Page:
Depending on how you look at it, the person who has passed away is either gone for good and out of pain or in a loving spiritual place. The grieving process is all about YOU coming to terms with their passing. It is easy to get stuck in the fear, guilt or helplessness of the situation. Our mind plays tricks and spins into negative spirals of depression and self-depreciation. The expression ‘Time will heal’ is actually true. Core grieving takes a full year at least. Confusion plays a part too. One day you feel back to normal and the next day, the smallest memory can trigger waves of sadness. Each life event is a milestone: Christmas, birthdays, holidays. Everyone grieves differently so whatever you are doing is the right way for you. Just remember to respect the other people’s methods of grieving in their own way.


At some stage in life we’ll ask the question ‘where did we come from and where are we going?’ This can happen at the time of bereavement. Spirituality is a very personal matter and one to work out yourself. Some people talk about a sign that they feel their loved one gives them to say that they have reached a happy place in the afterlife. Some talk of vivid dreams, coincidences and serendipity for instance favourite songs playing on the radio. Nature is a good place to nurture your own soul when grieving. When feeling low seeing a tiny bud at the end of Winter gives a feeling of hope even after despair. A huge part of the difficulty in grief is the loss of communication with our loved one, which leaves a gaping hole in our lives. A little bit of quiet time can ground you and give you a sense of connection. Light a candle and talk to them, the way you always did. Tell them about your day and what’s going on, and wish them well wherever you perceive them to be.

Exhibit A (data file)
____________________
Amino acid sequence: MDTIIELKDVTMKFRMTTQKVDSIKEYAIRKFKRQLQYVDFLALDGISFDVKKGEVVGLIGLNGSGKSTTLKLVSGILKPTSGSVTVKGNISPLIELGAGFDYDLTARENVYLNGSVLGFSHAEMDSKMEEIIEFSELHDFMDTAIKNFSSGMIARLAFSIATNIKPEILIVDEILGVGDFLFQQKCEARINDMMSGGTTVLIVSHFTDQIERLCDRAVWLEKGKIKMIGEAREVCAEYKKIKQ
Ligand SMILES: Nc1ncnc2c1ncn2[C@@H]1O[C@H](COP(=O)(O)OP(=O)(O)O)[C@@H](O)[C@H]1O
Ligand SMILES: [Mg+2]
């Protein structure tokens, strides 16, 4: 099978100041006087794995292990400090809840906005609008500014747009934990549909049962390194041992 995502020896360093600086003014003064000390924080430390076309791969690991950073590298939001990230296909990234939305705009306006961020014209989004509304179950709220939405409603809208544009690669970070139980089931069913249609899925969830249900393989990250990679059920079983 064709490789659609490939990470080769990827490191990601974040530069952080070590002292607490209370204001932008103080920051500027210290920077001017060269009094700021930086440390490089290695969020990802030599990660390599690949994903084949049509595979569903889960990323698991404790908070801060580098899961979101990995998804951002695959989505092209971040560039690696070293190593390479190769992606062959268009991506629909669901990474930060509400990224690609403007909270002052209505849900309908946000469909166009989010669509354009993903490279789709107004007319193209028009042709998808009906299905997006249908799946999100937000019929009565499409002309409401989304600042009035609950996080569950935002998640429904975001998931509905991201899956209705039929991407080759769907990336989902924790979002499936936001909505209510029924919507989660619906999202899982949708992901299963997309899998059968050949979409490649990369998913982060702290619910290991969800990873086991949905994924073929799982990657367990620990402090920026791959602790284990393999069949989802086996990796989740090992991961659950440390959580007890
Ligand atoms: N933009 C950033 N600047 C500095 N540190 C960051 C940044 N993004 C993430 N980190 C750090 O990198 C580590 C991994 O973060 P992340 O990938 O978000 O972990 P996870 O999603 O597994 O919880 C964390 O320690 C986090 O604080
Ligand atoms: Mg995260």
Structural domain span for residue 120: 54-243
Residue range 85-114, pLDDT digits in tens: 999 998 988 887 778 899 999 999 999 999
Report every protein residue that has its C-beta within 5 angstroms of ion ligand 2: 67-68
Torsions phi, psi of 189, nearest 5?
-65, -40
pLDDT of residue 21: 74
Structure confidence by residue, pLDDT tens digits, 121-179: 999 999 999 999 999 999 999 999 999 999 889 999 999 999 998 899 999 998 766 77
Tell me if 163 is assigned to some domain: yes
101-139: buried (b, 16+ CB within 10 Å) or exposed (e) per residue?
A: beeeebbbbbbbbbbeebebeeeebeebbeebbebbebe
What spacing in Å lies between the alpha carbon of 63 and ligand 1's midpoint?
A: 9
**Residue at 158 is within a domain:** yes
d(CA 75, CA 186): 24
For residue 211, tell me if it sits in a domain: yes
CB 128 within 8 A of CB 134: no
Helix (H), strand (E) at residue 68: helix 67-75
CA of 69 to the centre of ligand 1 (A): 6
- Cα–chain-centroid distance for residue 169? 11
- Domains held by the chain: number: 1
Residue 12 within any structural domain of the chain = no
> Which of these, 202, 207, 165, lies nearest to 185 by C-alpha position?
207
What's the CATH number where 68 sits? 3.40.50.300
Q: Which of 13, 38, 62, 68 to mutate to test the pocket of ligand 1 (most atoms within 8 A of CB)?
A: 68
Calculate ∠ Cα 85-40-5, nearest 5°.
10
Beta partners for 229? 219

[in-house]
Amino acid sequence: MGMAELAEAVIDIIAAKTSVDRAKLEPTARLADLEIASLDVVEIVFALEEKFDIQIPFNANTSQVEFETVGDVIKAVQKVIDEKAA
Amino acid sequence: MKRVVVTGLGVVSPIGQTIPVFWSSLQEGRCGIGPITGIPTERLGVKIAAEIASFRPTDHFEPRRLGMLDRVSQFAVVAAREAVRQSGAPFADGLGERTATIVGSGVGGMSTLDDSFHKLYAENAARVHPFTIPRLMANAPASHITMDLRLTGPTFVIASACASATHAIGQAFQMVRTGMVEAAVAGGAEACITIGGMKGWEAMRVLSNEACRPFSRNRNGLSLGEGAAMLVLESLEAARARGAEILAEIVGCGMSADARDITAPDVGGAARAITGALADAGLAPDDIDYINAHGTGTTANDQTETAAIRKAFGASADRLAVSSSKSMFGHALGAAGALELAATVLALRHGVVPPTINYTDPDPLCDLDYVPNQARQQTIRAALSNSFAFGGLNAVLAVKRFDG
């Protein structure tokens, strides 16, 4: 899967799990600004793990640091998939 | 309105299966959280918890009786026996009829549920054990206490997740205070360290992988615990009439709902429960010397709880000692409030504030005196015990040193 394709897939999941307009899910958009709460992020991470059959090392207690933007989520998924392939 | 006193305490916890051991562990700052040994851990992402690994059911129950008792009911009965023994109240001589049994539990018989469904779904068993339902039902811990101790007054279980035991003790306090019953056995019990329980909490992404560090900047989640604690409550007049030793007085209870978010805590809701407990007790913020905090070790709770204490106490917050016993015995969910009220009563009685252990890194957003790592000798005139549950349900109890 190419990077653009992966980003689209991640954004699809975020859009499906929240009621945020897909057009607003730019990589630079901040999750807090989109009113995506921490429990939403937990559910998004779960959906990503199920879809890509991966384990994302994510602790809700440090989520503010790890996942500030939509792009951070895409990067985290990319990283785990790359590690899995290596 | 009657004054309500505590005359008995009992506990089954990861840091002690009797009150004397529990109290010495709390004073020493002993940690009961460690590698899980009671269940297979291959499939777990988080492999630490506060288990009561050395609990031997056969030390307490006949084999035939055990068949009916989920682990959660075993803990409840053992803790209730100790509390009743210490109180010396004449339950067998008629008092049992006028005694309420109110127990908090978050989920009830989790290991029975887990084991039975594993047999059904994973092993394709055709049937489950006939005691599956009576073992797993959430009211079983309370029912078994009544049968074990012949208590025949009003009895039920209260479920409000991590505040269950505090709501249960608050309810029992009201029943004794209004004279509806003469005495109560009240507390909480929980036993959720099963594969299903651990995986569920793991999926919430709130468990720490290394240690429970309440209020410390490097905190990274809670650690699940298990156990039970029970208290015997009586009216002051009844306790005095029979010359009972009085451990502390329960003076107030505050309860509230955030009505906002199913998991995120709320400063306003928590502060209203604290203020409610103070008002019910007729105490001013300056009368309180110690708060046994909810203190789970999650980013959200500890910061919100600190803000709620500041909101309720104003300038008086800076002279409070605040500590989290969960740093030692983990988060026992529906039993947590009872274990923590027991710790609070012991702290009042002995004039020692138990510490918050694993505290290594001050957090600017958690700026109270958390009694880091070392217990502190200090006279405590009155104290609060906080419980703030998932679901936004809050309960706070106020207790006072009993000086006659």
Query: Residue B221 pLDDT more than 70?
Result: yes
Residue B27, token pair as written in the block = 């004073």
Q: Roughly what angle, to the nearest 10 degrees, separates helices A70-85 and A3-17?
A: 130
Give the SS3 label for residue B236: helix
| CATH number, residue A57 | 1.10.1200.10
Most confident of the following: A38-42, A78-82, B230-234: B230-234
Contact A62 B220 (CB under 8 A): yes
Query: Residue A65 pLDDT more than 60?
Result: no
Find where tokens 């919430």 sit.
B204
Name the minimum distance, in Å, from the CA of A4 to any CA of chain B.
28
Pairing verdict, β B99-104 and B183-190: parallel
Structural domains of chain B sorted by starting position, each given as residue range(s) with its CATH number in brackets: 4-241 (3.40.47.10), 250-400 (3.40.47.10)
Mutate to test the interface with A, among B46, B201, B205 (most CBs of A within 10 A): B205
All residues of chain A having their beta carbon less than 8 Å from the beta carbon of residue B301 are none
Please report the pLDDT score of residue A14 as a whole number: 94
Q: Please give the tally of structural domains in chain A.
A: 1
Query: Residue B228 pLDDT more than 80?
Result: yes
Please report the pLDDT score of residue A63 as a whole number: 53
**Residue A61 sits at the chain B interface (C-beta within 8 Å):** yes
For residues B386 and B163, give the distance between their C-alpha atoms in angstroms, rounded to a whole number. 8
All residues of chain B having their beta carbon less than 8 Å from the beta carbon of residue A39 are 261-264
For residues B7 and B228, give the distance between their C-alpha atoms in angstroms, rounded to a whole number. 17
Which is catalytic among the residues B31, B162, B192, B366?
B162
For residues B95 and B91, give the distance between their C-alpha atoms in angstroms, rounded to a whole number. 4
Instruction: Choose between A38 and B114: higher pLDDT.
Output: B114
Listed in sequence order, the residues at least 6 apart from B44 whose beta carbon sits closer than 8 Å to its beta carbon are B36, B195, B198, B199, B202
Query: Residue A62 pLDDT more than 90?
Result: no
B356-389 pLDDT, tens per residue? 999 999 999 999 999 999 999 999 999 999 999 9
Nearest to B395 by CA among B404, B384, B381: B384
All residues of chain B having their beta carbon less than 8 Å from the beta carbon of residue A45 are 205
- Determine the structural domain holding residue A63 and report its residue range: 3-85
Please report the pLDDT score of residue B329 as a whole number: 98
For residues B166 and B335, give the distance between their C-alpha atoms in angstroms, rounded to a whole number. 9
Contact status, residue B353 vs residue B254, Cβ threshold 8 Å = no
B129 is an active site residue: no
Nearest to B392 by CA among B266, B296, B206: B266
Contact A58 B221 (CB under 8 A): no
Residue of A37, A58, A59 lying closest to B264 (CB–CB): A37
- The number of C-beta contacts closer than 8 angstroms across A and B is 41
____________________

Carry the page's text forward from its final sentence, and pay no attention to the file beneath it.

If you are supporting someone in their grieving process, let them know you are there for them, but give them the space to release their emotions in their own way. Your presence alone is hugely supportive don’t feel you have to find the ‘right’ words to show you care. Just be yourself and remember laughter is as much a relief as tears are. We need to feel the feelings, release them safely and appropriately and nurture ourselves at this time of change. All will be well…in time.

Want more advice? Listen to the Mind Your Precious Self Podcast!

If you enjoyed this article, follow Dr Karen Ward on social media where she combines her holistic therapies with her love of nature, Celtic Shamanism and academic studies.